In Venezuela, Cargill trainees overcome disabilities
Cargill Venezuela runs an in-house job training program for people with disabilities. “They value my abilities more than my disabilities,” said one successful graduate.
February 04, 2016
Loosely translated, “Engranados” means “geared up.” And that’s exactly what the Cargill job training program of the same name in Caracas, Venezuela, aims to achieve. Every year, Engranados assembles a group of people with various disabilities and helps them improve their job skills. The participants are deaf, blind, physically or mentally disabled, but they have one thing in common: They come to Cargill to learn how they can thrive in the professional world.
Pride and dignity
“Here at Cargill, they value my abilities more than my disabilities,” said Engranados graduate Juan Carlos Fermín, who is blind and now works as an administrative assistant in the sales department. “I am a person with a visual impairment, but I don’t have limits when it comes to achieving my dreams and goals.”
Venezuelan law requires that companies employ people with disabilities. Not every business does it, but Cargill has taken the lead. Seven years ago, Cargill de Venezuela decided to start looking for talent among people with disabilities.
So far, 48 people have completed Engranados, and 10 more will graduate in March. Each year, the program takes on 8 to 10 participants. They not only learn job specific skills, but also hear about work ethics, community relations and customer service. When they complete their year of Engranados training, most of the participants stay with Cargill, mainly in the capital Caracas, but increasingly also in other locations around the country. Some have found jobs with other companies.
“We treat people with dignity and respect,” said Cargill Venezuela leader Jon Badiola. “That’s one of our guiding principles. With Engranados, we show them the respect of helping them make the most of their talents, regardless of their impairments. And that, in turn, helps then achieve the dignity of being able to provide for themselves and support their families and communities. I’m very proud of all these people.”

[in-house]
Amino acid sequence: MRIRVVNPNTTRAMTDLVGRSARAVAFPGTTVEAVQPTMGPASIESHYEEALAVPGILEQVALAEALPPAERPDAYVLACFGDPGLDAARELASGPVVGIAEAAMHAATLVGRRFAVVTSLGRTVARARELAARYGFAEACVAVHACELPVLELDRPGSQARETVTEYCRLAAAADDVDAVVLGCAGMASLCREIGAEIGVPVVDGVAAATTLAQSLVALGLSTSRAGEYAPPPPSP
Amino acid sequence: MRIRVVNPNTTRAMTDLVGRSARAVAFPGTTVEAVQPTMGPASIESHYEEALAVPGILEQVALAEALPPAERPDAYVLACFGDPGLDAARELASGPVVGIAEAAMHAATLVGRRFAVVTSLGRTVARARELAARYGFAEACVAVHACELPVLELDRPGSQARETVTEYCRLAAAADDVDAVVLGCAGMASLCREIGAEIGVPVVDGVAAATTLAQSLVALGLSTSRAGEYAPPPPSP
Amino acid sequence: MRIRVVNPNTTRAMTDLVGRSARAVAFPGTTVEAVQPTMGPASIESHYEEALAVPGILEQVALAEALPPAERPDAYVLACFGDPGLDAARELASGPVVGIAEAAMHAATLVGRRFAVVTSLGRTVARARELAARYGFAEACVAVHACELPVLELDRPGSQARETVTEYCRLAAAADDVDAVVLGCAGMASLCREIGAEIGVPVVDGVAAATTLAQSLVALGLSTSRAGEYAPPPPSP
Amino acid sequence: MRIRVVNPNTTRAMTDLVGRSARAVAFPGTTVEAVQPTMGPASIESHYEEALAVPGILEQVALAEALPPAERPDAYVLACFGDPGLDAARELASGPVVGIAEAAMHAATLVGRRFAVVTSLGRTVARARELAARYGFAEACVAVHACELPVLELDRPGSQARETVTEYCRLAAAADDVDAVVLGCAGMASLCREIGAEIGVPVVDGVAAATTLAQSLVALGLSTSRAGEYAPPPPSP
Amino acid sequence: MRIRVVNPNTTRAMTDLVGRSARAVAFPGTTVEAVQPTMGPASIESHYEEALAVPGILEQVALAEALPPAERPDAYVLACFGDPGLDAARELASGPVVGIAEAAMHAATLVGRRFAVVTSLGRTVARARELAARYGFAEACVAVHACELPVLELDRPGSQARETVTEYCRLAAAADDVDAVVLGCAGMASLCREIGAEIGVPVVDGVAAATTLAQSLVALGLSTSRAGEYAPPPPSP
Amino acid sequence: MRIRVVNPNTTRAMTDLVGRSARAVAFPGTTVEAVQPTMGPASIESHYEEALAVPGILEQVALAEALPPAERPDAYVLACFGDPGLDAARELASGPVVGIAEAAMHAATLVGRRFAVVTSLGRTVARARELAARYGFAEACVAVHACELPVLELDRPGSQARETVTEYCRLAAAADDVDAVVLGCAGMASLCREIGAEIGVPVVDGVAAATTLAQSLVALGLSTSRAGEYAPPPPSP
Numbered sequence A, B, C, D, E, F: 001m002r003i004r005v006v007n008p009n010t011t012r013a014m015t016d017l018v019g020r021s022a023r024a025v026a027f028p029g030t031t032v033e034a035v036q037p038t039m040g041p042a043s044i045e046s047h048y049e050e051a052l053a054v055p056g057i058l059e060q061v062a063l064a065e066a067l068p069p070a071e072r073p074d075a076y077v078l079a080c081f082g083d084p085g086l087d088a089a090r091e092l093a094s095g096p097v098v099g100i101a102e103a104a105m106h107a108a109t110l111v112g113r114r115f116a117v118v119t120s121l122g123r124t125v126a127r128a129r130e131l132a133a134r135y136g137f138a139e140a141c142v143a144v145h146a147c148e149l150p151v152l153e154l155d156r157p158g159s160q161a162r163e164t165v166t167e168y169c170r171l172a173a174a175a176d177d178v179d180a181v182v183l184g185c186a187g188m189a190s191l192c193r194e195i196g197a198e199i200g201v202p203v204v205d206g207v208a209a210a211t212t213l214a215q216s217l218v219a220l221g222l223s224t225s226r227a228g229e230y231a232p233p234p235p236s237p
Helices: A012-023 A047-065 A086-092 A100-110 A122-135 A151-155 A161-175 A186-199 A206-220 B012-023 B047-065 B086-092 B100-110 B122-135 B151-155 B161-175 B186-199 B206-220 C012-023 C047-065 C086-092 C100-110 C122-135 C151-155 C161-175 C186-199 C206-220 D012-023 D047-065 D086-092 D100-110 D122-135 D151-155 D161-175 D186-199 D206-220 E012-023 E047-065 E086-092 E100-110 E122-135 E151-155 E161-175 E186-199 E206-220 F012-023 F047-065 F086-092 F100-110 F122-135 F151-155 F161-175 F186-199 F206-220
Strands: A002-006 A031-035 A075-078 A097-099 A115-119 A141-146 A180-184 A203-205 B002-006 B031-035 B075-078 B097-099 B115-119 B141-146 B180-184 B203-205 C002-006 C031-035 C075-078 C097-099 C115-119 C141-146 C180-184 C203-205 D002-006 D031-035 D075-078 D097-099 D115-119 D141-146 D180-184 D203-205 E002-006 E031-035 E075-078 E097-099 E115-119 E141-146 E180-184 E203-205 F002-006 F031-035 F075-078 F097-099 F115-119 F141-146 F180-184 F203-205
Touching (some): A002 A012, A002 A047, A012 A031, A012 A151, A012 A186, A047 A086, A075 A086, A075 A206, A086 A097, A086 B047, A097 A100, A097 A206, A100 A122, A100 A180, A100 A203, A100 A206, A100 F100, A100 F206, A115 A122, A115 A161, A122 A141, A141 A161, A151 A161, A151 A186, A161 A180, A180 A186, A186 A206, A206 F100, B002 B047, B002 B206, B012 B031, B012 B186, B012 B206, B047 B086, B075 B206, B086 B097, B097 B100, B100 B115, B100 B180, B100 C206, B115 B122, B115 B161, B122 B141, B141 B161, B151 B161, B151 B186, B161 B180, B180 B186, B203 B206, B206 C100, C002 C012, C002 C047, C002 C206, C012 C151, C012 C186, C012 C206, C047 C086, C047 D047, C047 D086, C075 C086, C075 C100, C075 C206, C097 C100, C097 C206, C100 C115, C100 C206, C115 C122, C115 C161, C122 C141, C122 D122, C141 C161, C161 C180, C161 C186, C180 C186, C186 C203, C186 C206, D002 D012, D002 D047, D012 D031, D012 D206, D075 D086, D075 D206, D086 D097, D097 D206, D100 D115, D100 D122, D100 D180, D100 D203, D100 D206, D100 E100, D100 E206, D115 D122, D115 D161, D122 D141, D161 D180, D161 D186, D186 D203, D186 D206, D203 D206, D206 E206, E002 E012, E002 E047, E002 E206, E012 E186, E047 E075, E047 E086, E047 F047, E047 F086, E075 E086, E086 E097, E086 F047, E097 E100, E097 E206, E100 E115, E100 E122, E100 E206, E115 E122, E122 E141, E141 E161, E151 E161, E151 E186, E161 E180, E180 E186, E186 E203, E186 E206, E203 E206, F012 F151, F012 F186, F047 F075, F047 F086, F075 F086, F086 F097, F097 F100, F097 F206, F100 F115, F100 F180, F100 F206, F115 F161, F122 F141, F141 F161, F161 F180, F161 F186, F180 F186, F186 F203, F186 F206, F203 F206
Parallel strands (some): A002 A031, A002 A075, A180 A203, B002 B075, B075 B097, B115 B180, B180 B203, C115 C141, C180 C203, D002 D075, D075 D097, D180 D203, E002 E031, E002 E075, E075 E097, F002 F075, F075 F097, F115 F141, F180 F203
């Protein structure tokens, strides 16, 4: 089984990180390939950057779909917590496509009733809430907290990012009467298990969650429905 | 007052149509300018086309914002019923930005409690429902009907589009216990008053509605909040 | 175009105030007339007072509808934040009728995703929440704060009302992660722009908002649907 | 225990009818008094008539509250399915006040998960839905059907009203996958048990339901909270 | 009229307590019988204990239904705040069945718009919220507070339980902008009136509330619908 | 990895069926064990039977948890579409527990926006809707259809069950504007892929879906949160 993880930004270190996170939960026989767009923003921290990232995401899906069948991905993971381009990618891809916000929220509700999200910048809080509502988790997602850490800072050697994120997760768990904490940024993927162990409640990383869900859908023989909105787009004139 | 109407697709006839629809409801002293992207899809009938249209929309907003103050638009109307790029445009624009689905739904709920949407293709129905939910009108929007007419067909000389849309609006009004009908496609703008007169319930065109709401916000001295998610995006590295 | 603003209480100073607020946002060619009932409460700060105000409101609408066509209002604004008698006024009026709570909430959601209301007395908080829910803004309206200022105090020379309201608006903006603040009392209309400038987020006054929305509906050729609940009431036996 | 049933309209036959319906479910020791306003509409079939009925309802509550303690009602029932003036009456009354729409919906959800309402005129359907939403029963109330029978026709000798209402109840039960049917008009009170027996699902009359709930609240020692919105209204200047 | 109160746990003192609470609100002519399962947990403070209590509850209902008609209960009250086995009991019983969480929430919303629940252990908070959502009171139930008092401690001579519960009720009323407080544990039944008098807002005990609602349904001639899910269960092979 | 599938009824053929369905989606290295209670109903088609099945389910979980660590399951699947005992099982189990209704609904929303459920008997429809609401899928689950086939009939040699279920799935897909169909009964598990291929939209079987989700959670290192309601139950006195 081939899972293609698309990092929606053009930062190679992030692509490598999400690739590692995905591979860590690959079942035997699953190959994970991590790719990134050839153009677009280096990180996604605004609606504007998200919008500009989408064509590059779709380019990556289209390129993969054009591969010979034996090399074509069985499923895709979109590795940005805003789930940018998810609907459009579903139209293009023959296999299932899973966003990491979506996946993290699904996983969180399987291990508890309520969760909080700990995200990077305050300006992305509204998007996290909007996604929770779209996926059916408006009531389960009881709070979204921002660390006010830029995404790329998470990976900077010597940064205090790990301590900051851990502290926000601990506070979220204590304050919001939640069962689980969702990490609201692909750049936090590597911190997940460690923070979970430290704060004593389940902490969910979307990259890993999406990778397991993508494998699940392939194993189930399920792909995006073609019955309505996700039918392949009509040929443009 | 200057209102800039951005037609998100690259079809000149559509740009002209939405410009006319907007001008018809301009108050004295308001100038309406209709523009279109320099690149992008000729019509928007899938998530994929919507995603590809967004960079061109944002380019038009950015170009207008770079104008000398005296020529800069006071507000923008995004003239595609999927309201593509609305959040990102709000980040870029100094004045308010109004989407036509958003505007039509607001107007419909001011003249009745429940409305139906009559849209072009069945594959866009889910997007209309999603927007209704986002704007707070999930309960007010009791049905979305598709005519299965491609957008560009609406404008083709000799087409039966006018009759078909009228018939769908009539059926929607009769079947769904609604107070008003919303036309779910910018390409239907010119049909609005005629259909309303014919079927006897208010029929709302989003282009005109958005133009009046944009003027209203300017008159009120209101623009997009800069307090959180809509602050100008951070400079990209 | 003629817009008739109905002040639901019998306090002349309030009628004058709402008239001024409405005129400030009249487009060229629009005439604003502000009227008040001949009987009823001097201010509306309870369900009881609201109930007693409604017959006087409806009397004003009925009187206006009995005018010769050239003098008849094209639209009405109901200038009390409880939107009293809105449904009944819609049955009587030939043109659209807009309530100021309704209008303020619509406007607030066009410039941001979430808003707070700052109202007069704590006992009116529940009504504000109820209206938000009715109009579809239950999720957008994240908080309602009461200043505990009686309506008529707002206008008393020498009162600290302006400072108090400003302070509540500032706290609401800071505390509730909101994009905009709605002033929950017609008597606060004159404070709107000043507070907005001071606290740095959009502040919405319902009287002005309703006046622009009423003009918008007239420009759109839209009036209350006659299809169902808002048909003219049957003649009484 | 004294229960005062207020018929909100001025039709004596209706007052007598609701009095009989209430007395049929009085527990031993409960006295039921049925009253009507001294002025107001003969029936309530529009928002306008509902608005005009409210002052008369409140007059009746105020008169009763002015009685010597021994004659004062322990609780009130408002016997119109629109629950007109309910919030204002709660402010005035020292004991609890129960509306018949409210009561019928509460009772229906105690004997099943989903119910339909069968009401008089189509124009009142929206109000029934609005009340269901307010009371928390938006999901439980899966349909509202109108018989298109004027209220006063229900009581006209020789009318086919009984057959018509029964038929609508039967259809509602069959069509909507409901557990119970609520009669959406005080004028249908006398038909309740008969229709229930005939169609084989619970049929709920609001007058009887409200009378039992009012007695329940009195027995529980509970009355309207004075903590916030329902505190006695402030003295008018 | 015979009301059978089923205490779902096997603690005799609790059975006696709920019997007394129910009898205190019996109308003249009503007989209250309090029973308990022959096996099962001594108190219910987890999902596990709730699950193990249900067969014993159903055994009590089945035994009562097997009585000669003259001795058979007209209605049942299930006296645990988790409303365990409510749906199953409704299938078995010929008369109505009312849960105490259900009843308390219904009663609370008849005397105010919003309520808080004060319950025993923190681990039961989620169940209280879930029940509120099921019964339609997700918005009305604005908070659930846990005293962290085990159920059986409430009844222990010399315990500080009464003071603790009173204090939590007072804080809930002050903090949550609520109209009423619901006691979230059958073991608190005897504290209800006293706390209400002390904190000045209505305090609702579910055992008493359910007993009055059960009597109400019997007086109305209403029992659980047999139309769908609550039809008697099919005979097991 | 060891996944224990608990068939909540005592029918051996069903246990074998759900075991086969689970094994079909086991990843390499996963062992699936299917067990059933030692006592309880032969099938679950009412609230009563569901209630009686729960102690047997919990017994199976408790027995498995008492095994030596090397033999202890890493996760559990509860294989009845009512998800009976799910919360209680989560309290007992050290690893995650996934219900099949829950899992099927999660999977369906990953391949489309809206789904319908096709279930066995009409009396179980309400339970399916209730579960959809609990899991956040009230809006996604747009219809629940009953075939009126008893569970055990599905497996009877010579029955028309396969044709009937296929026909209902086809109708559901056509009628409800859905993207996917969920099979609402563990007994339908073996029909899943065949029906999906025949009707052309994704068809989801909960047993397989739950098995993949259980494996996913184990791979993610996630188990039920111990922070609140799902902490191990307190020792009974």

"Don’t be afraid”
Jessica Peña, who is deaf, said she learned about Engranados from a friend who works for Cargill. “She told me there was a program for people with disabilities. She’s the one who put me in touch with the company.
Jessica completed the program and now works in the corporate security department. “I do all the administrative tasks of this office and manage the budget,” she said. “I like what I do in my job every day.”
The learning, as it happens, is not just for the workers with disabilities. Human resources staffers learned basic sign language when a deaf colleague joined the team. When the corporate affairs department added a co-worker with Asperger’s syndrome, her colleagues learned how to understand her needs. “That was a bit of a challenge,” said communications coordinator Elizabeth Ramirez. “But it was very gratifying, both personally and professionally.”
Cargill now has plans to expand the program beyond the Caracas location, so that more people can take advantage of it. “What I liked most about the experience, was the beautiful friendship, the brotherhood that started with Engranados,” said Juan Carlos. “A message to others who want to join: Don’t be afraid to do it!”